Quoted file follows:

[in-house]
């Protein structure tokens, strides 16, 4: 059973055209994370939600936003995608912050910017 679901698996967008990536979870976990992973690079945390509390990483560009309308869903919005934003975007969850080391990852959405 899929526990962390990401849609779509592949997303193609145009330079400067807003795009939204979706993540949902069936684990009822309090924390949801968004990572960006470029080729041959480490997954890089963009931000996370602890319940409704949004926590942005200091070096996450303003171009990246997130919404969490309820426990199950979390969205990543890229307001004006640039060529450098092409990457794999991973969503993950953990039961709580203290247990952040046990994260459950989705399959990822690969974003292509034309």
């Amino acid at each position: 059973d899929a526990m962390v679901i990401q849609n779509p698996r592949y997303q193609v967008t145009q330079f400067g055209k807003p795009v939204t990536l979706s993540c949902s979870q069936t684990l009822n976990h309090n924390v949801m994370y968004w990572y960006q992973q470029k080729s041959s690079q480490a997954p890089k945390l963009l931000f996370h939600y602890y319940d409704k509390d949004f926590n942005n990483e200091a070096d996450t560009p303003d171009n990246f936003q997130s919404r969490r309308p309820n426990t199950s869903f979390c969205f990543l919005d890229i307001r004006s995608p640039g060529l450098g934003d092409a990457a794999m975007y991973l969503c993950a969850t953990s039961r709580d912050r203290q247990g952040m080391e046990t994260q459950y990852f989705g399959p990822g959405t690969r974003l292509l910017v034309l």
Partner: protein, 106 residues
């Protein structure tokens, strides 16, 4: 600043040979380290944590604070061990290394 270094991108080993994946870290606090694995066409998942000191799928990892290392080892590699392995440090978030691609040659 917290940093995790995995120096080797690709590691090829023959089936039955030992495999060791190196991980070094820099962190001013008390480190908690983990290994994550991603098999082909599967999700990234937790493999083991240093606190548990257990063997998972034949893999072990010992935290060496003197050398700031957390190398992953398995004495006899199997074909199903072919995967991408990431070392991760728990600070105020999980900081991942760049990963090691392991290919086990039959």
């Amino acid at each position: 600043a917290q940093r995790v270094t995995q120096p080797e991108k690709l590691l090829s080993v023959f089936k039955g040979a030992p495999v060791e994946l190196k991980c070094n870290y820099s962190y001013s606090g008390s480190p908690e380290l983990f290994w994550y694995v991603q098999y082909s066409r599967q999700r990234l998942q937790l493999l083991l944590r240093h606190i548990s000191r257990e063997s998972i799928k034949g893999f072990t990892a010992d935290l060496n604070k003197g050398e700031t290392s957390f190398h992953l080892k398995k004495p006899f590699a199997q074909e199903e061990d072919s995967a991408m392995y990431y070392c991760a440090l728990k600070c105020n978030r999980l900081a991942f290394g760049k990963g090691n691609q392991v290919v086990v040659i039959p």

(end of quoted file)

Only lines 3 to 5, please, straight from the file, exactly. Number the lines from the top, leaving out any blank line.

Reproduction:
């Amino acid at each position: 059973d899929a526990m962390v679901i990401q849609n779509p698996r592949y997303q193609v967008t145009q330079f400067g055209k807003p795009v939204t990536l979706s993540c949902s979870q069936t684990l009822n976990h309090n924390v949801m994370y968004w990572y960006q992973q470029k080729s041959s690079q480490a997954p890089k945390l963009l931000f996370h939600y602890y319940d409704k509390d949004f926590n942005n990483e200091a070096d996450t560009p303003d171009n990246f936003q997130s919404r969490r309308p309820n426990t199950s869903f979390c969205f990543l919005d890229i307001r004006s995608p640039g060529l450098g934003d092409a990457a794999m975007y991973l969503c993950a969850t953990s039961r709580d912050r203290q247990g952040m080391e046990t994260q459950y990852f989705g399959p990822g959405t690969r974003l292509l910017v034309l």
Partner: protein, 106 residues
């Protein structure tokens, strides 16, 4: 600043040979380290944590604070061990290394 270094991108080993994946870290606090694995066409998942000191799928990892290392080892590699392995440090978030691609040659 917290940093995790995995120096080797690709590691090829023959089936039955030992495999060791190196991980070094820099962190001013008390480190908690983990290994994550991603098999082909599967999700990234937790493999083991240093606190548990257990063997998972034949893999072990010992935290060496003197050398700031957390190398992953398995004495006899199997074909199903072919995967991408990431070392991760728990600070105020999980900081991942760049990963090691392991290919086990039959």